For a request to be valid under the Information and Consultation of Employees Regulations, it has to be made by at least 10 per cent of employees in the “undertaking”. In Moyer Lee and anor v Comely Workplace Ltd, the Employment Appeal Tribunal (EAT) held that the “undertaking” is the legal entity which is the employer.

Basic facts

If enough employees make a request under the Information and Consultation of Employees Regulations 2004, the employer has to negotiate an agreement with them in respect of information and consultation. Regulation 7(2)(a) of the regulations states that, to be valid, the request must be made by at least 10 per cent of the employees in the “undertaking”.

In this case, 28 employees who worked on a contract to provide facilities management services to the University of London (UoL) made a request under the regulations. Although they constituted 13 per cent of the number employed on that specific contract, they amounted to only 0.3 per cent of the company’s total workforce.

The company submitted an application to the Central Arbitration Committee (CAC) for a declaration that the employee request was invalid.

CAC decision

The CAC first had to decide the meaning of “undertaking”. Noting that the guidance to the regulations suggests that it means the employer as distinct from, say, an establishment or a part of an undertaking such as a division or business unit of a company, it concluded that the UoL contract was not the employer and was not even a separate part of the business of Comely Workplace Ltd.

It then considered whether this conclusion was inconsistent with the aim and intention of the European directive on which the regulations were based, but concluded that it was not. There were no grounds on which to conclude that the UoL contract was an undertaking as it was not a legal entity in its own right. Nor was it a stand-alone autonomous unit or a sub-division of Cofely Workplace Limited. As such the employee request was not valid.

The employees appealed on the basis that the terms “undertaking” and “establishment” were not mutually exclusive and could overlap where there were a number of sites on which employees operated, as with the UoL contract which involved four academic sites, five halls of residence and 17 academic flats.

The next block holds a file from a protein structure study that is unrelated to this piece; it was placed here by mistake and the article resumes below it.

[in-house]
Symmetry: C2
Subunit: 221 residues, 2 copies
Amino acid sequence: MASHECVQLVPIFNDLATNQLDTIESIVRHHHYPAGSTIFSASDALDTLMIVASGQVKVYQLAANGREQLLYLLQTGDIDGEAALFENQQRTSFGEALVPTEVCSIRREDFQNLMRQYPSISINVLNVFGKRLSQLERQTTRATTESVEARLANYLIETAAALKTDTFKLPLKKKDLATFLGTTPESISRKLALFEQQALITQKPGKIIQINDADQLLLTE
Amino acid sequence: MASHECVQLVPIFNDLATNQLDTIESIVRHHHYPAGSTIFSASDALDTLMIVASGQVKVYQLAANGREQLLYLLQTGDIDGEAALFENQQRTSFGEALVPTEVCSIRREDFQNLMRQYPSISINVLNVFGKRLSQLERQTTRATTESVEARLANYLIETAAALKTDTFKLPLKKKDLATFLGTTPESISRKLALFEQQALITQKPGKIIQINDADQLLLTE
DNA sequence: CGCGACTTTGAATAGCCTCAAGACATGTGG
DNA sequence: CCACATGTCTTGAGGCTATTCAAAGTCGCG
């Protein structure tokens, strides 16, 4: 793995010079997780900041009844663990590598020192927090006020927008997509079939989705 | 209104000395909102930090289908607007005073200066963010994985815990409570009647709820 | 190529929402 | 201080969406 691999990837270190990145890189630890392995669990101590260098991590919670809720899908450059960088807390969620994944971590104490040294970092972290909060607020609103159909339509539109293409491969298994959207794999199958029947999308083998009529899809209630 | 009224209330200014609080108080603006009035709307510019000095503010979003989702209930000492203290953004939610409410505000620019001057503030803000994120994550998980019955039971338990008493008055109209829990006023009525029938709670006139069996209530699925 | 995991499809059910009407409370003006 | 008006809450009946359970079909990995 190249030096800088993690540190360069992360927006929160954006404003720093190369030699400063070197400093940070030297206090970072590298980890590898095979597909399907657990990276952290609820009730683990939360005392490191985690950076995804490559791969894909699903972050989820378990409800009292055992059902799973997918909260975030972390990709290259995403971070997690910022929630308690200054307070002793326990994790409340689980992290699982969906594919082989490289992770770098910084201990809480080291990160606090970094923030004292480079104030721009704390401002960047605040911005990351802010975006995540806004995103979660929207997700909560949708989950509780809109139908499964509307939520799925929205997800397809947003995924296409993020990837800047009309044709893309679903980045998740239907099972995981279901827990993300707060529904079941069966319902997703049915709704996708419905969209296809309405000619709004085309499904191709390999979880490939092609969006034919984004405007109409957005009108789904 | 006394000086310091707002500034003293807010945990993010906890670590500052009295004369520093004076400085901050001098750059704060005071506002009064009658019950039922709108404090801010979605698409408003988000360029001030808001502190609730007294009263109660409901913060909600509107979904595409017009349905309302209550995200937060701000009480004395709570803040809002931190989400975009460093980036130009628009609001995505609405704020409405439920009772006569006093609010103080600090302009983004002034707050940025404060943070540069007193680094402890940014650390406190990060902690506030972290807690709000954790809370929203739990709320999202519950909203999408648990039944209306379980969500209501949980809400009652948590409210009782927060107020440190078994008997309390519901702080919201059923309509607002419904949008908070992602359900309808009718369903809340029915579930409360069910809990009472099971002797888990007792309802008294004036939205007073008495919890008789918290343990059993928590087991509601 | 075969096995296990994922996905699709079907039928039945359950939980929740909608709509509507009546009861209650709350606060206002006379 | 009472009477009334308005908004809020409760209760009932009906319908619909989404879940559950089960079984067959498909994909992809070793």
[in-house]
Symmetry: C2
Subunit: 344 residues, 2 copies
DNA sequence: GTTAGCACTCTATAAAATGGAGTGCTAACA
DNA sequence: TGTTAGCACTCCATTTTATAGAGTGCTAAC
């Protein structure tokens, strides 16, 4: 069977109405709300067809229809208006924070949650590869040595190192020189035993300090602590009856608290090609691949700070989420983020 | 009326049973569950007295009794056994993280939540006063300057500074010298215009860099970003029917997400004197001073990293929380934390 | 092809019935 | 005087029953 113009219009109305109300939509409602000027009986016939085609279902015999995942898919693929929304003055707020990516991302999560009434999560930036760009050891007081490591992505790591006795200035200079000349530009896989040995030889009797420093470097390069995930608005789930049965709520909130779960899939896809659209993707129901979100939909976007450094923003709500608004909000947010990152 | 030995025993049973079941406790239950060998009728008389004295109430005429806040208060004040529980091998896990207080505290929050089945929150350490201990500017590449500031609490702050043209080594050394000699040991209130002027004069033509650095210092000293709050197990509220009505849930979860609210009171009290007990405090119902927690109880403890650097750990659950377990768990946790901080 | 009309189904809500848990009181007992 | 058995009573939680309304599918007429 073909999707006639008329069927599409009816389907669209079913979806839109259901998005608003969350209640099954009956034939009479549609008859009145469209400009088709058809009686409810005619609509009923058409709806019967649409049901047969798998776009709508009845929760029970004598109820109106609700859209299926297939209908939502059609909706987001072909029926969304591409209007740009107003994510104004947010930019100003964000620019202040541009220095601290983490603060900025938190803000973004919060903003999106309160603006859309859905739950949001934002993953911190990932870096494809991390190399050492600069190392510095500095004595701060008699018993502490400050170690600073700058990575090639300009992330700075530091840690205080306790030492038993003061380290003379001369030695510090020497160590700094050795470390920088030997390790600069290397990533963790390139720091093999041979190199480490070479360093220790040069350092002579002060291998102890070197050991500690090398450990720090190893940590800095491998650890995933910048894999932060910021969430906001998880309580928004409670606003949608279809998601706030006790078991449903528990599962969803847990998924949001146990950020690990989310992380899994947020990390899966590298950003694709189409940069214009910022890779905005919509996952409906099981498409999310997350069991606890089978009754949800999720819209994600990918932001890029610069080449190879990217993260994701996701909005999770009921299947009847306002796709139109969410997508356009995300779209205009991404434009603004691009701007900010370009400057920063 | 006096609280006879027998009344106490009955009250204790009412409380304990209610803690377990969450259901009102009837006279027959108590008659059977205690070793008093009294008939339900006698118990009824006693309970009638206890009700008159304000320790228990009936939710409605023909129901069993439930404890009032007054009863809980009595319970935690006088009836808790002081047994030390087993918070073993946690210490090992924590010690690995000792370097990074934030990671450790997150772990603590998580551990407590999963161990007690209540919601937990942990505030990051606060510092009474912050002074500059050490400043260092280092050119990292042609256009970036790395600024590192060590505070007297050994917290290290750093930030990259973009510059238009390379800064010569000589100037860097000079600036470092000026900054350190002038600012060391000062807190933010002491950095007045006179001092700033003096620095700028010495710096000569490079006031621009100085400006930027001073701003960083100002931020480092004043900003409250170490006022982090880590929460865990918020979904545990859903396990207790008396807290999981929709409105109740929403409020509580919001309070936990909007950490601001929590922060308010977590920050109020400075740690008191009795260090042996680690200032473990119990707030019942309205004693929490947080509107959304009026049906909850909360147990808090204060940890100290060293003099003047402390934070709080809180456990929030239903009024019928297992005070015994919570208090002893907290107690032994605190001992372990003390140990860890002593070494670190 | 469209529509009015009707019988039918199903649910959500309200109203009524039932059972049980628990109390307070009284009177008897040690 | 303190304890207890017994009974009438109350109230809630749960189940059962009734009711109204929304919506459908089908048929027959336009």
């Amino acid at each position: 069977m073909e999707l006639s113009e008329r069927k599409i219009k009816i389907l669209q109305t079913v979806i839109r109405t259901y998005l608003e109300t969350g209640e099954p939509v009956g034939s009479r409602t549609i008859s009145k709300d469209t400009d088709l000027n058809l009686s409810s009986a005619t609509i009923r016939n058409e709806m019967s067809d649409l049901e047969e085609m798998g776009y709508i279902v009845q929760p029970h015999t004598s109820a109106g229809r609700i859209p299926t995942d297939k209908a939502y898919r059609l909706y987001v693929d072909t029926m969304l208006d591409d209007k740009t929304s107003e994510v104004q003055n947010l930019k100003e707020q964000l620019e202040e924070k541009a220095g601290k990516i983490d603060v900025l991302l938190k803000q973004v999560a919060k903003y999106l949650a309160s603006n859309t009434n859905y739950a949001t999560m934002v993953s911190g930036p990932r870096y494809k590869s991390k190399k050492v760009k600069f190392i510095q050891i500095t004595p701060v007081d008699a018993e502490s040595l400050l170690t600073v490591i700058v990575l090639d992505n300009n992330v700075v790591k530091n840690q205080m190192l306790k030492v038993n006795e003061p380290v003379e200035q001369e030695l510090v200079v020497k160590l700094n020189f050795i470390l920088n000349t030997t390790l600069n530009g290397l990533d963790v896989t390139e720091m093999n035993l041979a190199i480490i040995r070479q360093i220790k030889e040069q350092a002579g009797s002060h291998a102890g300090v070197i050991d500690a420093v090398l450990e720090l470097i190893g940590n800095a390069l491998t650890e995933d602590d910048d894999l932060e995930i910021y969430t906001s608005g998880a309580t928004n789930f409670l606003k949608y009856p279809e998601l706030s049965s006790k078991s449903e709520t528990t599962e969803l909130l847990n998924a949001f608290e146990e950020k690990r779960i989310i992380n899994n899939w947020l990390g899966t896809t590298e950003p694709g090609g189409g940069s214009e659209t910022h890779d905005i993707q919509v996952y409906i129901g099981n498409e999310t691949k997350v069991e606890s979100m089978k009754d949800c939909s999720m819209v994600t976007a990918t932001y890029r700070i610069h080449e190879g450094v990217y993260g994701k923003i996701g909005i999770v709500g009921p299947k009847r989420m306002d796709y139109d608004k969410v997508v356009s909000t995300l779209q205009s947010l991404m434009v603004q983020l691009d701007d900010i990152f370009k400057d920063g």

EAT decision

The EAT, however, did not agree. Instead it held that “an undertaking is a legal entity capable of being the employer of employees serving it under a contract of employment, and that there is no principled basis for suggesting from within those Regulations that the undertaking should be construed as merely a division or department of that single employer”.

It also held that the distinction between undertaking and establishment in the directive would lack meaning if “establishment” could just as easily constitute an “undertaking”. It was clear from the guidance that there was a difference between the two and that if the government had intended that the word “undertaking” should be defined to include “a separate grouping of employees which is operationally autonomous and identifiable within the boundaries of a single employer”, then it would have opted for the term “establishment”.

It therefore rejected the appeal as well as an invitation to refer the matter to the Court of Justice of the European Union.


This decision does not affect entitlement to information and consultation if the part of the undertaking to which the employee is assigned is to be transferred. It does mean that the aims of the Information & Consultation Directive are frustrated where a company’s business comprises contracts which they effectively manage as separate operations. This is common in the contracting out business. It effectively means that unions have to organise across the different contracts operated by an employer.